Valve normally runs cute little Halloween events for some of its games. Team Fortress 2 gets Scream Fortress, for example, while DOTA 2 had Diretide. Oh, except for this year. And boy are people upset.
Once Halloween came and went with no announcement of a Diretide for 2013, fans of the game went nuts. The game's forums were hammered by requests and concerns over the absence, to the point where any and all threads even mentioning the word "Diretide" are being removed by mods.
And that's just for starters. The mob, outraged, then turned their attentions to other matters. One dumb sentence brought up repeatedly was "daed gaem, Volvo pls fix!", leading people to start posting on Volvo's - yes, the car company - Twitter, Facebook and even Reddit communities asking/complaining about the lack of Diretide, a move helped along with a Tweet by DOTA 2 commentator Toby Dawson:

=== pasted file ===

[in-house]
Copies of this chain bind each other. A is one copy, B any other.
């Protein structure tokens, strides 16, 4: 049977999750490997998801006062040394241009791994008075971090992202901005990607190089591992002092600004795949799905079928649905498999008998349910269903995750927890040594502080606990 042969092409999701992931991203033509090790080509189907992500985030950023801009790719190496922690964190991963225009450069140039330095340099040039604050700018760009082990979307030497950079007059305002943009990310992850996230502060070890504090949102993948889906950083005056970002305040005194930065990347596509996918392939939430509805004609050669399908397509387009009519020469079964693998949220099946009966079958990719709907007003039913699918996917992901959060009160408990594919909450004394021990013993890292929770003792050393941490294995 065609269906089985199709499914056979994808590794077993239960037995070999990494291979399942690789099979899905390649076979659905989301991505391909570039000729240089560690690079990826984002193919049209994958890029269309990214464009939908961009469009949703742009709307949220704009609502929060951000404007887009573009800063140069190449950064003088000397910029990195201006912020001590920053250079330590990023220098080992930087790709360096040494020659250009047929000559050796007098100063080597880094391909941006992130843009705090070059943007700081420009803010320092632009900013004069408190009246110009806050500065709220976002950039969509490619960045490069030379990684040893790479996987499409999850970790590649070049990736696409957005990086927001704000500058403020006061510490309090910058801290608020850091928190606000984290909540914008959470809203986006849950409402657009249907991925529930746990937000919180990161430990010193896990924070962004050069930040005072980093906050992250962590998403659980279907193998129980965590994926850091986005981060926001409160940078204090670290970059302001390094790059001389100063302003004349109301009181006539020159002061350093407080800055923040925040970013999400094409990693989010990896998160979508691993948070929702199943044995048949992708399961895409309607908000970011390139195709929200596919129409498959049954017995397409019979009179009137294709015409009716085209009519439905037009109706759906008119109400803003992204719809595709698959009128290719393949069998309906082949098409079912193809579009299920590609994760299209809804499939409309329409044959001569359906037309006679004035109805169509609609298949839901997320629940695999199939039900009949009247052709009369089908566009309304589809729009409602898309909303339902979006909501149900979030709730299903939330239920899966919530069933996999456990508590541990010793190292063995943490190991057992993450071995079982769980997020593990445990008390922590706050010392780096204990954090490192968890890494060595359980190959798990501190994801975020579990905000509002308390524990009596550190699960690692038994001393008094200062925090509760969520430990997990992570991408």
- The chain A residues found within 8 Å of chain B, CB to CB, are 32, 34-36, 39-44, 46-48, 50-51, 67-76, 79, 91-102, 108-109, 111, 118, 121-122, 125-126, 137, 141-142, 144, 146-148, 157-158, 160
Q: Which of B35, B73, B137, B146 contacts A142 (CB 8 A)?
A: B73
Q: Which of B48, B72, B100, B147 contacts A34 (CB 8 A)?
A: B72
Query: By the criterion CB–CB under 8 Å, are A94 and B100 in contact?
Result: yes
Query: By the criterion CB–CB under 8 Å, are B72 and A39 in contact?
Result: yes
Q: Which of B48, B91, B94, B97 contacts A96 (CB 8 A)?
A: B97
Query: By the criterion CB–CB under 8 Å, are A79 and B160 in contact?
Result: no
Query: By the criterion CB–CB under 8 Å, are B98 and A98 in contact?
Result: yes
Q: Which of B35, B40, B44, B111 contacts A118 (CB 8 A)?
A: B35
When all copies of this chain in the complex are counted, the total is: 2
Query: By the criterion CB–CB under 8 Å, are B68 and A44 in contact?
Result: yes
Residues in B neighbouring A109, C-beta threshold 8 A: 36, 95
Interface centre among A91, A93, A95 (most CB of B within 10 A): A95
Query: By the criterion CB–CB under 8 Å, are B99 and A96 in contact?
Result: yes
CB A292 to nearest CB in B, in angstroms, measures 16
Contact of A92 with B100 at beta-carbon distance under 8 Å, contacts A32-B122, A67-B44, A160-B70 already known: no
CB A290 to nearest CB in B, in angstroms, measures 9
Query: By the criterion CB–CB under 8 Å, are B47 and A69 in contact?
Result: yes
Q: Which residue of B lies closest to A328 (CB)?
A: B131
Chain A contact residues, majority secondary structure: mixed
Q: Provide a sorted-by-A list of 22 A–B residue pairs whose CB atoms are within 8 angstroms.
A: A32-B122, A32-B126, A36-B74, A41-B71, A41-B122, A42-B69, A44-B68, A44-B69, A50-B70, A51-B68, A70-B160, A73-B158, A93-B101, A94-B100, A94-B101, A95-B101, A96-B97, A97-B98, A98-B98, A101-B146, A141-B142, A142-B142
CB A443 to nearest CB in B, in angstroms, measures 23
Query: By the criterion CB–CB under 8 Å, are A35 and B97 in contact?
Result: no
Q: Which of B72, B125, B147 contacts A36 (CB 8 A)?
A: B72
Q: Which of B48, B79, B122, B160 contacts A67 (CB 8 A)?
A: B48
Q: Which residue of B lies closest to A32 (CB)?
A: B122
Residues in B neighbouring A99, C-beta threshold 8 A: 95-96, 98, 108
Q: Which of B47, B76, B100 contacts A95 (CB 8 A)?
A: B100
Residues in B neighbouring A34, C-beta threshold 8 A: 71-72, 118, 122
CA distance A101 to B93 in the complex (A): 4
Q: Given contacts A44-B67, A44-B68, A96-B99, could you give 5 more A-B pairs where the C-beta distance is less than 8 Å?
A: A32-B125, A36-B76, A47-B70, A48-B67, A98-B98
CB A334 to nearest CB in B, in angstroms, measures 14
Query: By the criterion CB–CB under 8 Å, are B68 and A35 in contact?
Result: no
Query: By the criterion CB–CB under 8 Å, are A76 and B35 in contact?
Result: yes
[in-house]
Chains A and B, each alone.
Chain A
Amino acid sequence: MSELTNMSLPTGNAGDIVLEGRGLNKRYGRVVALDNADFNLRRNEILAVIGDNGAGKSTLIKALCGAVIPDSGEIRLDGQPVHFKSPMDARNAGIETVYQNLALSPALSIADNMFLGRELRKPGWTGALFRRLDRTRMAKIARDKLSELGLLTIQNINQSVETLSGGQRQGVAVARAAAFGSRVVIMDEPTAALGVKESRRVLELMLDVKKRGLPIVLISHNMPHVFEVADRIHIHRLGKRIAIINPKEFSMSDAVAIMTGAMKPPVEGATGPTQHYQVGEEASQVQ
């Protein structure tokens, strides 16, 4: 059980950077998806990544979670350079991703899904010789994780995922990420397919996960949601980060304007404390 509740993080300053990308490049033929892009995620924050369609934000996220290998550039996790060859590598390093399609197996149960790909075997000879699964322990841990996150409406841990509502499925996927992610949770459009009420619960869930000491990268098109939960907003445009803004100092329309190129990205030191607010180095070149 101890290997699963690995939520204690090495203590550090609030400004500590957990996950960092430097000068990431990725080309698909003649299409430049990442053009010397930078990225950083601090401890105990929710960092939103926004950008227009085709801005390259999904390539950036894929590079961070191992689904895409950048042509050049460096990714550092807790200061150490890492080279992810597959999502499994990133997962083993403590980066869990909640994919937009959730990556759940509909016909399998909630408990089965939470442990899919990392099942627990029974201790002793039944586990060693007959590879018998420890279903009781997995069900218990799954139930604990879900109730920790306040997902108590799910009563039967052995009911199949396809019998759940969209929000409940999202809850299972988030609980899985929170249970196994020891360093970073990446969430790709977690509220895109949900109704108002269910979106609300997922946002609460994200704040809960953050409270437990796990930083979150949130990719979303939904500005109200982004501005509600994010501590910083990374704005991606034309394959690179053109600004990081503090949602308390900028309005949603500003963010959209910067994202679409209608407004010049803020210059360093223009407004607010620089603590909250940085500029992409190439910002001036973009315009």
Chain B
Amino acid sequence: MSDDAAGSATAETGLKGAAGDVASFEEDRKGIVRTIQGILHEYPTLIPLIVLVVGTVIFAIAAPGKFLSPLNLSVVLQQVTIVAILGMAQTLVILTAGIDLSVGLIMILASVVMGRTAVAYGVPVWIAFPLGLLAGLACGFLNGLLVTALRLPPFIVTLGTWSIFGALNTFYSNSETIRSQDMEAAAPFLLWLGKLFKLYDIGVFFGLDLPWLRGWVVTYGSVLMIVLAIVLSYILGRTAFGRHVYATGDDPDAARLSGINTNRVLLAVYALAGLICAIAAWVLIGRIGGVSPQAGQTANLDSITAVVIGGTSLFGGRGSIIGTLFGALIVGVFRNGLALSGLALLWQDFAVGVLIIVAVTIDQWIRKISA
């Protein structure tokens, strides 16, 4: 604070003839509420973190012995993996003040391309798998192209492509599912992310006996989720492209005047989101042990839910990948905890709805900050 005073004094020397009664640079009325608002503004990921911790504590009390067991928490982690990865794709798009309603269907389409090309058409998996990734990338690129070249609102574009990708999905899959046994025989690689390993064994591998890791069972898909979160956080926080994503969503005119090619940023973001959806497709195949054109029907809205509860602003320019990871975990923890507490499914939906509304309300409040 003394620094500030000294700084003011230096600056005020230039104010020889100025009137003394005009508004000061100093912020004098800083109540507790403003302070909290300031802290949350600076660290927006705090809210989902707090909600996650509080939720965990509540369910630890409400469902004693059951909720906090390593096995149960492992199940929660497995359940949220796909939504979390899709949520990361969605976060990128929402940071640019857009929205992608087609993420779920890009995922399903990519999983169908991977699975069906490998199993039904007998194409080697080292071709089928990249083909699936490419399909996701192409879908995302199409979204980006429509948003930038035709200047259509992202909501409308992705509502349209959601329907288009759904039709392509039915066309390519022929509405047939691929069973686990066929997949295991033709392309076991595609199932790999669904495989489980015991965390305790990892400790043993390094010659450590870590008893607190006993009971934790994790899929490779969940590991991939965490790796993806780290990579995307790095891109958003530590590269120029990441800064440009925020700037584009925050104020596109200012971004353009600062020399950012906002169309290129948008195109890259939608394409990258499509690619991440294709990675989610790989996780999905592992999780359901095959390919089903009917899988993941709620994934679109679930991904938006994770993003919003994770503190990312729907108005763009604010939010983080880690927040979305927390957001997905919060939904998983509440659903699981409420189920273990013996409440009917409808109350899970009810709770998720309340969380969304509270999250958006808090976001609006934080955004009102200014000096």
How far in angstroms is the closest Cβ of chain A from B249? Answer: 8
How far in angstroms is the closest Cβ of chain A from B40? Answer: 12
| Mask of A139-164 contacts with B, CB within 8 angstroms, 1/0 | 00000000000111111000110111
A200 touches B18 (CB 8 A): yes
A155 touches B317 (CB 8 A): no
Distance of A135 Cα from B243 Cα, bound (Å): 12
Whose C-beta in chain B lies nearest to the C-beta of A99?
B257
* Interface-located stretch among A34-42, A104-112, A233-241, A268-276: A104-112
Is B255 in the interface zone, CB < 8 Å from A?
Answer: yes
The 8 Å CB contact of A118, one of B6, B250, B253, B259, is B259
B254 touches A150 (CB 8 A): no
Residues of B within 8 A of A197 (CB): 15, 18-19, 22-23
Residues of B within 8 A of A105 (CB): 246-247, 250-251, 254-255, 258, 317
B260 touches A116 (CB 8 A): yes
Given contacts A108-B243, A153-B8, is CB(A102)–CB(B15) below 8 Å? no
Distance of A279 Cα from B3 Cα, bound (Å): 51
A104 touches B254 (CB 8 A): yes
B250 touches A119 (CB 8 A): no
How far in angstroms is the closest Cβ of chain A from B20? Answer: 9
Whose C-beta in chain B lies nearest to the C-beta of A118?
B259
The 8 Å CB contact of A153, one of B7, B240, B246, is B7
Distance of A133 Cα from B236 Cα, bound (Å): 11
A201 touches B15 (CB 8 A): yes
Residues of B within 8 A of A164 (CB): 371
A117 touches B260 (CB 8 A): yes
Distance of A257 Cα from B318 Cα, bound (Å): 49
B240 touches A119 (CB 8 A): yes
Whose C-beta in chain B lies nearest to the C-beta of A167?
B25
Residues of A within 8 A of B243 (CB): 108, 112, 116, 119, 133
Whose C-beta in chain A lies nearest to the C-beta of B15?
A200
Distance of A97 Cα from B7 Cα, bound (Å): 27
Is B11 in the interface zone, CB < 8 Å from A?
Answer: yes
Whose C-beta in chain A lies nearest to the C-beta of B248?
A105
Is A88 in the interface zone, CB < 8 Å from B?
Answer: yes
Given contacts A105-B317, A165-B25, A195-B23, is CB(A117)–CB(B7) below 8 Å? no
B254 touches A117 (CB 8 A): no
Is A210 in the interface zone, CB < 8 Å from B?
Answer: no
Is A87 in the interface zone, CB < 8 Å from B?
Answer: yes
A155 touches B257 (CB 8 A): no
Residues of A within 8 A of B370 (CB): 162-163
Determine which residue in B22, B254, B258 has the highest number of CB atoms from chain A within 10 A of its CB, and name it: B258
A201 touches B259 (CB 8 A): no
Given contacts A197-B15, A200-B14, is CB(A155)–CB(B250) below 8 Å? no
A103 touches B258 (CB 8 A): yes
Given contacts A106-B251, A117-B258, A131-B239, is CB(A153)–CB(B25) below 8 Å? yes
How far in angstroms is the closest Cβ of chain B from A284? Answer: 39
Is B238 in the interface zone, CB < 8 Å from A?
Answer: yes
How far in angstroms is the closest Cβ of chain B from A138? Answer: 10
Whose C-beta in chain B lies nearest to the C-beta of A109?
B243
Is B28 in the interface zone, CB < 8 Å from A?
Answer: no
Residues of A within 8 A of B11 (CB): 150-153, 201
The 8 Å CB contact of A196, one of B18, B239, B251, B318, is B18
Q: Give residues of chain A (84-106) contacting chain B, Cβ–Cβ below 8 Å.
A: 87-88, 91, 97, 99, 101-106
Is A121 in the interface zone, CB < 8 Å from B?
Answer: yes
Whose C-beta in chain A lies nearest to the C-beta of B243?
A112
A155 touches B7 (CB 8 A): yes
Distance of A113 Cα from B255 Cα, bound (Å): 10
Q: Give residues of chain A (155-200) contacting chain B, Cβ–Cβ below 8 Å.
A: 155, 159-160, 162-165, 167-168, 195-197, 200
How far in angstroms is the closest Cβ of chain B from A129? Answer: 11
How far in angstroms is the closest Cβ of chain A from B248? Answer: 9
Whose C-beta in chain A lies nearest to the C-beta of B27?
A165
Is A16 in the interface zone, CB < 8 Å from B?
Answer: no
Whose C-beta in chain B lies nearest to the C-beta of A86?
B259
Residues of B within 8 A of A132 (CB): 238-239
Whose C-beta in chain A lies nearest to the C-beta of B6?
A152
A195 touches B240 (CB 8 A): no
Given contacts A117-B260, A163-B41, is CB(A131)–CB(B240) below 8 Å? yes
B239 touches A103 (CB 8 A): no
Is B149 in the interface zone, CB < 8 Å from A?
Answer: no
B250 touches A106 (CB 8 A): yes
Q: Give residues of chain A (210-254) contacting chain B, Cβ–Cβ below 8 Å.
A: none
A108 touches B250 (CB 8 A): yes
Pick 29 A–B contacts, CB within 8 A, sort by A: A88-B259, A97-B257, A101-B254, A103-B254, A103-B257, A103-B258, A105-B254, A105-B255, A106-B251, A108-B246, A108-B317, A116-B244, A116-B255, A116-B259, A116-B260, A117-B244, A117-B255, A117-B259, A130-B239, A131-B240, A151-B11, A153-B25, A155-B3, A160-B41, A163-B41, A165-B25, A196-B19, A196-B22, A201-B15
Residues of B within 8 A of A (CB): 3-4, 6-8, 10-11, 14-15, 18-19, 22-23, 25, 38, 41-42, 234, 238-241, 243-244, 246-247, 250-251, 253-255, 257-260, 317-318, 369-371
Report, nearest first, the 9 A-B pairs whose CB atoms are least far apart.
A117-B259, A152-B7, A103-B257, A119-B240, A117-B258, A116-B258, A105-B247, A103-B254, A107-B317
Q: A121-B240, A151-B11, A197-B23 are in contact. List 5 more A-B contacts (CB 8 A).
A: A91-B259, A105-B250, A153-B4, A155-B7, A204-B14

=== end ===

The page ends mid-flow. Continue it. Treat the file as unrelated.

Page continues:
— Volvo (@volvocarsglobal) November 2, 2013
Fans also went a little more direct with their appeals to Volvo.
To their credit, the car company has taken it all in their stride, even posting their "support" for DOTA 2 "fans" on their Facebook page.
Moving on from a Swedish car manufacturer, the mob has also gone and bombed DOTA 2's Metacritic page, bringing its user score down to 4.2 (it used to be 8+, but I know, user score, whatever). Users have also gone after the Facebook page of President Obama.
Many involved claim that their actions are justified not because Valve has failed to run the event, but because of the company's supposed lack of communication surrounding its absence. Others claim that this is simply a tipping point, the culmination of player frustration following months of perceived neglect of the game's community by Valve.
UPDATE - On a far less jovial front, it seems people have also gotten hold of the personal phone number of DOTA 2 community star and "Master Patch Eviscerator" Matthew "Cyborgmatt" Bailey, and have been personally threatening him. Not cool.
@MizalieDoto If any one else calls my personal number with harassment I will honestly have to start looking at getting the police involved.
— Matthew Bailey (@Cyborgmatt) November 2, 2013